They tested two conditioning options: one in which the flies received visual stimulation by overlapping in time with heat (delayed conditioning), both ending together, or the other, conditioning the trail, waiting 5 to 20 seconds to deliver heat after showing and removing visual stimulation. The intermediate time is considered to be the “trace” interval during which the fly retains “traces” of visual stimulus in its brain, a feature that indicates attention, working memory, and consciousness in mammals.

Researchers have also found the brain to monitor calcium activity real time using a fluorescent molecule they genetically introduced into their brain cells. This allowed the researchers to record the formation and duration of the fly’s living memory, as they saw how the trace stored in the fly’s short-term (working) memory blinks and turns off. They also found that the distraction introduced during training – soft breathing – caused visual memory to disappear faster, which was the first time researchers had been able to prove such distraction in flies and suggested the need for attention in Drosophila memory formation.

“This work demonstrates not only that flies are capable of this higher form of trail conditioning and that learning is distracting for both mammals and humans, but also nervous activity The underlying processes of attention and working memory in flies show striking similarities to processes in mammals, “said Dhruv Grover, research faculty at UC San Diego KIBM and lead author of the new study.” This work shows that fruit flies can serve as a powerful model for the study of higher cognitive functions. Simply put, the fly continues to amaze how smart it is. ”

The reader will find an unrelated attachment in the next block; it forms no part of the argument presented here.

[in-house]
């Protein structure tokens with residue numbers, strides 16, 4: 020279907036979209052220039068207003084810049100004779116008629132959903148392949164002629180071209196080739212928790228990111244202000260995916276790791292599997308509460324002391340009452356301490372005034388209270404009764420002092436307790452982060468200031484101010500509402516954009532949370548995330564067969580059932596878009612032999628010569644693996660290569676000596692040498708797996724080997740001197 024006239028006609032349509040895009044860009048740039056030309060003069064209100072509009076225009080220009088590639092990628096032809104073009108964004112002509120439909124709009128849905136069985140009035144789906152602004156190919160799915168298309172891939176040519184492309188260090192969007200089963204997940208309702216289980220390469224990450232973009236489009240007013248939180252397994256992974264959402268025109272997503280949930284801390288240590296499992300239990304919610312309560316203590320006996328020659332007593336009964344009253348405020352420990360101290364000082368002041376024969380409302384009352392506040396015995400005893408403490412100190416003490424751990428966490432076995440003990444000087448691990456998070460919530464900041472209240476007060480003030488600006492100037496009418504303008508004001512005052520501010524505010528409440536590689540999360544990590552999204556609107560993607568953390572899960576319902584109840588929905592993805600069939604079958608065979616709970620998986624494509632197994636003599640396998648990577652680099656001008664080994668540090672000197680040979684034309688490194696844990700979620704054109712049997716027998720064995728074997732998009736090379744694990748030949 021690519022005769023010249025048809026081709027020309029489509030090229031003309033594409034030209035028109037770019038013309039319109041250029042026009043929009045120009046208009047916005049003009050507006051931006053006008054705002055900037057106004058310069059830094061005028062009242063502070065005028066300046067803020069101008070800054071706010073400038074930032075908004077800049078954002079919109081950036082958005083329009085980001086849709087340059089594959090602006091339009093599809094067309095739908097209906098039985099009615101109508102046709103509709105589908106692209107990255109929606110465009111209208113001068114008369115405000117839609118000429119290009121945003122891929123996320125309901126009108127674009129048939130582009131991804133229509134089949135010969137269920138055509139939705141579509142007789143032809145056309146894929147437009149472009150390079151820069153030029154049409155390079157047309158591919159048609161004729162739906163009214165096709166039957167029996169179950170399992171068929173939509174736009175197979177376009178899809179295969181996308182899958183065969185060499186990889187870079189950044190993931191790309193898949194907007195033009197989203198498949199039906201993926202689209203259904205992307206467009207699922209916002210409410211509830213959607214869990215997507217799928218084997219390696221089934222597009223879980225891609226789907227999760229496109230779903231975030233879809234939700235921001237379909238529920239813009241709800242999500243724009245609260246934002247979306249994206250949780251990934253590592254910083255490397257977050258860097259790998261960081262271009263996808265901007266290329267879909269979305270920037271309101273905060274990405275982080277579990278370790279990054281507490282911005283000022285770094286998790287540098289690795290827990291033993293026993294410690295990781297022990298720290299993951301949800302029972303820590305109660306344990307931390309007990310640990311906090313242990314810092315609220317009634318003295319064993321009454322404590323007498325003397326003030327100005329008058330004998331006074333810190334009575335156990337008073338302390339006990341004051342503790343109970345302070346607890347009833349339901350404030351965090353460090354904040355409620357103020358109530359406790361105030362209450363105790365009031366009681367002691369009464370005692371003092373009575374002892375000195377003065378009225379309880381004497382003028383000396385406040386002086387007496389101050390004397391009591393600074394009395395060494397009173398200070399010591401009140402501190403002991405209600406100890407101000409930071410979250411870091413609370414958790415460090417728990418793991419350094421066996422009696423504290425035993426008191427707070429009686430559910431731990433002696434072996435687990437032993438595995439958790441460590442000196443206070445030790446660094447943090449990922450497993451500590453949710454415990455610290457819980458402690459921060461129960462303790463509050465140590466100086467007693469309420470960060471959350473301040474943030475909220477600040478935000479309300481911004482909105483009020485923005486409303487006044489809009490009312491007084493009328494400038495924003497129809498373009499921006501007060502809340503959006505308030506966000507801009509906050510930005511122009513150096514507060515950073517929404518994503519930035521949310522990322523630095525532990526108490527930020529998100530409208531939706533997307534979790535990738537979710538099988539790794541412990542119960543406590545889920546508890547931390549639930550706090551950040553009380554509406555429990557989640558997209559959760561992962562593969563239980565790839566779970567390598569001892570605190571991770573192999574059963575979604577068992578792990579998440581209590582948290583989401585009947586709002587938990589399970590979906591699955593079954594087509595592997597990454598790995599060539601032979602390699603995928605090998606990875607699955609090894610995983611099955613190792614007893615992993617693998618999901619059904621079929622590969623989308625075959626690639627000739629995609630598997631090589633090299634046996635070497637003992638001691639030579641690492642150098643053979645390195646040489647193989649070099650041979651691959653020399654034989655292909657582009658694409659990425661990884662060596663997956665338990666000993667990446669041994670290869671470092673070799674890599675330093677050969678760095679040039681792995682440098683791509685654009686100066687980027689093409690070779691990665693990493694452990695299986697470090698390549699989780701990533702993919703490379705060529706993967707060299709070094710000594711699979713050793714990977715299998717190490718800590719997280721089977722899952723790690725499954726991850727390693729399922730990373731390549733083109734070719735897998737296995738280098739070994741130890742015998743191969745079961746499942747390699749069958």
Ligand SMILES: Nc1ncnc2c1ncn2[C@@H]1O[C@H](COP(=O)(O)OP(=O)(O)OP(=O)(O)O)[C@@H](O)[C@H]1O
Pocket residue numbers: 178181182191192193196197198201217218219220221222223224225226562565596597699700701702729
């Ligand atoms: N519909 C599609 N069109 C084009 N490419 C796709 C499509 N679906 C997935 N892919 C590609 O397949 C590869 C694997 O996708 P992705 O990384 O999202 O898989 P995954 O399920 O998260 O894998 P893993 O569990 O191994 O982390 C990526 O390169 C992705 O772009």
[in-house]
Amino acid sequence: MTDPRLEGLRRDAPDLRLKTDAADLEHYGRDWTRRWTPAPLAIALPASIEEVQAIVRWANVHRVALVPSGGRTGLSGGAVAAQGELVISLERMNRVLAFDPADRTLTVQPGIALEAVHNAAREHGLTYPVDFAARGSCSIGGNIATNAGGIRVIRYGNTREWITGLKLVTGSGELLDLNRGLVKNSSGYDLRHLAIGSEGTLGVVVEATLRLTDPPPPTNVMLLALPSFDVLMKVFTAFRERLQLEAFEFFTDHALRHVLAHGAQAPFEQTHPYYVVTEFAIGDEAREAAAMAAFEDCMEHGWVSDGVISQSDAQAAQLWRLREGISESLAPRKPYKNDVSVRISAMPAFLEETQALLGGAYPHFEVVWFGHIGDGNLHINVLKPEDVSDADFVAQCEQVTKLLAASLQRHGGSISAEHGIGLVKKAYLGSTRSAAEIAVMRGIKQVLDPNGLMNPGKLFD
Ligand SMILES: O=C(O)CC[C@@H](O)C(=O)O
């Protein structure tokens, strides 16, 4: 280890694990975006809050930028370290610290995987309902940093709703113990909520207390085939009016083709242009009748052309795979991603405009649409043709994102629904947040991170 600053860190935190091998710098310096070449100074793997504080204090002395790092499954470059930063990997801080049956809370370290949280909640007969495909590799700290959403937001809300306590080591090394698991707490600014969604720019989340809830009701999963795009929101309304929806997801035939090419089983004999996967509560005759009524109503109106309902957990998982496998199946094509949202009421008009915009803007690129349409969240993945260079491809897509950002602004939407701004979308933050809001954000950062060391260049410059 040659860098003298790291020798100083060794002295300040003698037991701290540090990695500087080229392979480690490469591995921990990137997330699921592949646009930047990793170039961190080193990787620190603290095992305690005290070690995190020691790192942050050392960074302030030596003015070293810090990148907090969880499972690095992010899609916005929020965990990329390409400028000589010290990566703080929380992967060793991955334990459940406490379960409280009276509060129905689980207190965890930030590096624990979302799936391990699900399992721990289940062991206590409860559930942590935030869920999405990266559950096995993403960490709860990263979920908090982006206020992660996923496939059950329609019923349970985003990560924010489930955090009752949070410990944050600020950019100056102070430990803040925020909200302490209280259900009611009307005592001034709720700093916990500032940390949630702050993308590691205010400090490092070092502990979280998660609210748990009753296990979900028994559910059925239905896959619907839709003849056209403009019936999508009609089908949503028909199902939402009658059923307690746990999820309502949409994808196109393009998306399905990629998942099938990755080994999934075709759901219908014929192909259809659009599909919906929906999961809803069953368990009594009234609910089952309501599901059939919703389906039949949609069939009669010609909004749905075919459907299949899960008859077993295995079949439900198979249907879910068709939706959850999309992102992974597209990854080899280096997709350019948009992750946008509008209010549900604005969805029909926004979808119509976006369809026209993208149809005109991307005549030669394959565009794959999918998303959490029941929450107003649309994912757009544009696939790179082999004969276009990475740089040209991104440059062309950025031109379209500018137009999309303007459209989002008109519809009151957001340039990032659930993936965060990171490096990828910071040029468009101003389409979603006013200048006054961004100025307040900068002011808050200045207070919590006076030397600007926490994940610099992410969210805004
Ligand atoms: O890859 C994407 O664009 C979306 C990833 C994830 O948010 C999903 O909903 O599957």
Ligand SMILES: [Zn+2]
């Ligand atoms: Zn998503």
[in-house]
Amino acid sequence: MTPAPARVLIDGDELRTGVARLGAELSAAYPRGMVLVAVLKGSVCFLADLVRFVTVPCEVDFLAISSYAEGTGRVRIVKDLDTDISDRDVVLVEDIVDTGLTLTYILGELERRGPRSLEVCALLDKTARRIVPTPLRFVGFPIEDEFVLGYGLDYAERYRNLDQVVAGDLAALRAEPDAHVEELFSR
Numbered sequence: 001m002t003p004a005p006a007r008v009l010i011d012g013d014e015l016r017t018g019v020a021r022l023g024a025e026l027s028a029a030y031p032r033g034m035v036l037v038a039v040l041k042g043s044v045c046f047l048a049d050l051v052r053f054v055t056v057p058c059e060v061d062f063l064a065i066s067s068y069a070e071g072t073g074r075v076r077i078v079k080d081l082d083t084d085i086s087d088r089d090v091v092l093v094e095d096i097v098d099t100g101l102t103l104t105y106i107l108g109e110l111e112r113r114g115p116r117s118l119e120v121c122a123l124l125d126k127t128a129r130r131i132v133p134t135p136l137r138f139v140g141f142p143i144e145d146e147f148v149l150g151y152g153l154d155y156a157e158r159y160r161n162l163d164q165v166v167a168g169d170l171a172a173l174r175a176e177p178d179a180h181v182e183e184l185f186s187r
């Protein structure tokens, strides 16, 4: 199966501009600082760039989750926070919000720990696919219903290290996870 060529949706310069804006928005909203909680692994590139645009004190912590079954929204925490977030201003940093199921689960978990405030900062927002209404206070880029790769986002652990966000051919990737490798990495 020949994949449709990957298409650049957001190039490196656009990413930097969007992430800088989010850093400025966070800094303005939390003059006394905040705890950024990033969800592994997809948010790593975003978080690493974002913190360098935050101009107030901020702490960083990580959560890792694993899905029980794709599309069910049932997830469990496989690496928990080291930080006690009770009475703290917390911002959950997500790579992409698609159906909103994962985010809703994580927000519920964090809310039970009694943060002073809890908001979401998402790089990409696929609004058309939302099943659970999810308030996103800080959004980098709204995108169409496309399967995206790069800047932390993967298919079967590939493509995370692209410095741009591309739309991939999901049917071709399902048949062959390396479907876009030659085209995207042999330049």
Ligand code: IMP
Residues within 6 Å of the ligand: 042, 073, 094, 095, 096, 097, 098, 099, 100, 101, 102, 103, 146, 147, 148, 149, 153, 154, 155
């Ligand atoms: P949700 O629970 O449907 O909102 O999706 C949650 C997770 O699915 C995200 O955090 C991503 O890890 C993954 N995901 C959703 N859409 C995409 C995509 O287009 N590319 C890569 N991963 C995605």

Flies have more complex cognitive abilities than previously known

The blows of the fly’s wings were mapped and analyzed in real time (200 Hz) to determine if they were flying straight (left), turning clockwise (center) or counterclockwise (right). The virtual reality images were then rotated to reflect the orientation of the flying fly. Credit: Dhruv Grover, UC San Diego KIBM

Scientists have also identified the area of ​​the fly’s brain where memory was formed and extinguished – an area known as the ellipsoidal body of the central complex of the fly, a place that corresponds to the cerebral cortex in the human brain.

In addition, the research team found that neurochemical dopamine is required for such training and higher cognitive functions. The data showed that reactions to dopamine increasingly occurred earlier in the learning process, ultimately anticipating future thermal stimuli.

Researchers are now exploring the details of how attention is physiologically coded in brain. Grover believes that the lessons learned from this model system are likely to directly help our understanding of human cognition strategies and the nervous disorders that disrupt them, but also contribute to new engineering approaches that lead to performance breakthroughs in artificial intelligence designs.

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Additional information:
Dhruv Grover et al., Differential mechanisms underlie the conditioning of traces and delays in Drosophila, Nature (2022). DOI: 10.1038 / s41586-022-04433-6

Citation: fruit flies have better cognitive abilities than previously known (2022, February 17), obtained February 17, 2022 from -potentials.html